By Joel Warner
By Michael Roberts
By Alan Prendergast
By Michael Roberts
By Michael Roberts
By Amber Taufen
By Patricia Calhoun
By William Breathes
This is what City of Aurora employee Anita Burkhart told the Aurora police in 1997 about Becky Beckler, the acting manager of Original Aurora Renewal, a department in the city's Office of Community Development:
"Becky was stalking him. At work, Becky was just Becky. Her personality would change when it was after work. She was the worst when she was acting manager of OAR. Her style of dress changed. She wore bright colors since Scott started working for Community Development. She also started wearing makeup and fixing her hair. She also lost weight since Scott started."
Becky Beckler began working as a temp for the City of Aurora in February 1989, making just $6 an hour. After being hired on as a permanent employee, she slogged through the ranks as a city planner and a senior planner. By 1995, she was serving as the acting manager of the community-development division and was overseeing the disbursement of millions of dollars of federal housing money and various grants; she also helped needy citizens secure low-interest loans for housing.
"A hard worker" was how one fellow employee described her.
In July 1997, she was making $22.32 an hour as the acting manager of OAR, the city's unofficial cheerleading squad that rallies for "community self-esteem/image, personal/collective responsibility, and social/economic vitality," according to the city's Web site.
That summer, however, a 32-year-old employee in her department named Scott Berg told his supervisor that Beckler, who was 39 at the time, had been sexually harassing him. His supervisor recommended to Berg that the matter "should be taken further." Berg called the Aurora police, and an investigation ensued.
Berg told Aurora detective Dana Hatfield that Beckler began harassing him soon after he was hired by the City of Aurora in July 1995. He said Beckler first began leaving notes on his computer in 1996 and then on his car -- while it was parked in front of his Lakewood house. He provided Hatfield with notes, letters and e-mails from Beckler that he had saved, all of which expressed her interest in him. One read, "I admire your body from afar."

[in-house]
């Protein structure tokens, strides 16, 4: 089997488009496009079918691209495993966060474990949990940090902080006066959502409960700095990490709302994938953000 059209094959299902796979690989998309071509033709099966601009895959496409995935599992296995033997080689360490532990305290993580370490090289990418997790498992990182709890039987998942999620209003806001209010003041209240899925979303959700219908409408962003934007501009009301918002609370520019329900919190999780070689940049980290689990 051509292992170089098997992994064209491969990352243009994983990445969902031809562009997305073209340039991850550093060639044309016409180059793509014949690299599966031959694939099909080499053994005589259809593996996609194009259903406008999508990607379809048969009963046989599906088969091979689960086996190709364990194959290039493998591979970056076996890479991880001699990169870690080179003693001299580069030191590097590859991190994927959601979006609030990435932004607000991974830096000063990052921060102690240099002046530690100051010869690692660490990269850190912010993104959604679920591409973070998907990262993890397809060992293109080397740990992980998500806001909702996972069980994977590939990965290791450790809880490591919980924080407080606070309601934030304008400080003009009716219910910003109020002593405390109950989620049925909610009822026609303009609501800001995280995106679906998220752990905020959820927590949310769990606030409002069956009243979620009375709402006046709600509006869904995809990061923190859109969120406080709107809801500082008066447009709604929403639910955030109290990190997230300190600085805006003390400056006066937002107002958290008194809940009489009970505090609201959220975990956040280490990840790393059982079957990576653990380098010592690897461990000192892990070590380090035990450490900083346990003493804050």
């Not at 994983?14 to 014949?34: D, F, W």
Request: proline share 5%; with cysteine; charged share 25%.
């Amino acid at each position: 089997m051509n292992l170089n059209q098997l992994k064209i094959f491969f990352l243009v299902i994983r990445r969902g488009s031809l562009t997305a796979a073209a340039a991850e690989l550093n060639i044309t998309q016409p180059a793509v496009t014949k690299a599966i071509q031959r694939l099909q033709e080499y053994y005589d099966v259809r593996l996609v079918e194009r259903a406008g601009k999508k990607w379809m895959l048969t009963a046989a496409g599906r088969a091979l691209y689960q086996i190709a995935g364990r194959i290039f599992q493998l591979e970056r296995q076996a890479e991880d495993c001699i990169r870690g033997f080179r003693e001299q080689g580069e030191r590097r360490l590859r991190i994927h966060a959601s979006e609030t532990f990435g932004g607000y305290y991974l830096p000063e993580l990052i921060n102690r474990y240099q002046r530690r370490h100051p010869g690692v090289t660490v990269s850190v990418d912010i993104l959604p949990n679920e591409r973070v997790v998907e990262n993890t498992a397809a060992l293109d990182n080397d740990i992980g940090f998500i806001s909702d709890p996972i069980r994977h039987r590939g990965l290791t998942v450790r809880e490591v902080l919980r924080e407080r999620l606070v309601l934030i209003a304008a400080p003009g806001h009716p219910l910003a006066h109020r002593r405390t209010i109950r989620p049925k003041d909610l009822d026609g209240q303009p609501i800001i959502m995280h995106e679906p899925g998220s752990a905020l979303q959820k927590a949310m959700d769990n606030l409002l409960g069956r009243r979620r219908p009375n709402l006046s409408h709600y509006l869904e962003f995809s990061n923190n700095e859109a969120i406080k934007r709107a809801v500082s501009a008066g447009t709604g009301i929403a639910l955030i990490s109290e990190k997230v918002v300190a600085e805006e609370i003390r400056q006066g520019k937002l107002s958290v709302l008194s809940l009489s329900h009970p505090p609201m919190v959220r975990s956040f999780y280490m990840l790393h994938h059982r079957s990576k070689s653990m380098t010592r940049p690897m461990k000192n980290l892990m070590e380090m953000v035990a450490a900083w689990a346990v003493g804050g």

When Beckler started calling him at home, where he lived with his girlfriend, he told her to stop. When she gave Berg, an avid bicyclist, two posters from the Tour de France, he quickly returned them. By every indication, Berg gave Beckler the Heisman -- an unmistakable stiff-arm -- and declined Beckler's advances.
According to Hatfield's report, which is now part of a federal lawsuit filed by Beckler, Berg's co-workers tried to protect him from Beckler's advances by purposely soiling his reputation when she was around, dismissing him as "a ladies' man" and an "asshole." "They did this to Becky as a ploy to get her to leave Scott alone," Hatfield's notes read.
Beckler, however, insisted it was Berg who "welcomed a consensual relationship." She told Hatfield that Berg would often walk by her office door, pretending to retrieve needless office supplies from a nearby file cabinet, just to "show off his body." She claimed Berg entered her office, told her he was erect and confessed that he "put a sock over it."
She even recalled a time that Berg's parents visited the office and stopped by her open door for an introduction. "Introducing his parents to me in my office does support a welcomeness between Scott Berg and myself," she said.
And this is what Beckler said about employee Burkhart: "Anita Burkhart indicated in her testimony that I would fix my hair in order to attract Scott. I have been going to a quote/unquote designer hair salon for more than ten years, Interhair of Cherry Creek, to get a contemporary cut and highlight. When Gary Montana (a partner at Interhair) wanted to go out on his own, I followed my hair stylist, Mishka, to his salon and thus divided my time between Interhair and Gary Montana salons. When Mishka left, I went to Kendall at Interhair. I am more than willing to produce check-payment copies back to 1992, and can go back further if need be, to show that I've been going to a designer salon long before Scott Berg was living in Colorado, and that I am and have been a woman who spends money at the salon for myself, and not just because Scott showed up."
Beckler continued: "Anita indicated in her testimony that I would dress in bright colors in order to attract Scott. As much as I like to wear Jones, Claiborne, Brooks, Pendleton, I do not have a fashion budget to change my entire wardrobe. I usually like to buy a piece or two of the latest fashion trend. What I bought was one orange blouse and scarf and dark-colored square-toed pumps. Additionally, I can produce an article from a fashion magazine which states that bright colors were a fashion trend during this time period. With all due respect to Anita, Anita generally dresses in jeans, tennis shoes and T-shirts, which she doesn't tuck in. I don't know who does her hair. May I suggest the possibility of jealousy and a serious lack of witness credibility."
Hatfield didn't buy much of Beckler's story, and in his final report, he pointed out that Beckler inappropriately used her position as a manager to access the city's registry to locate Berg's phone number and address.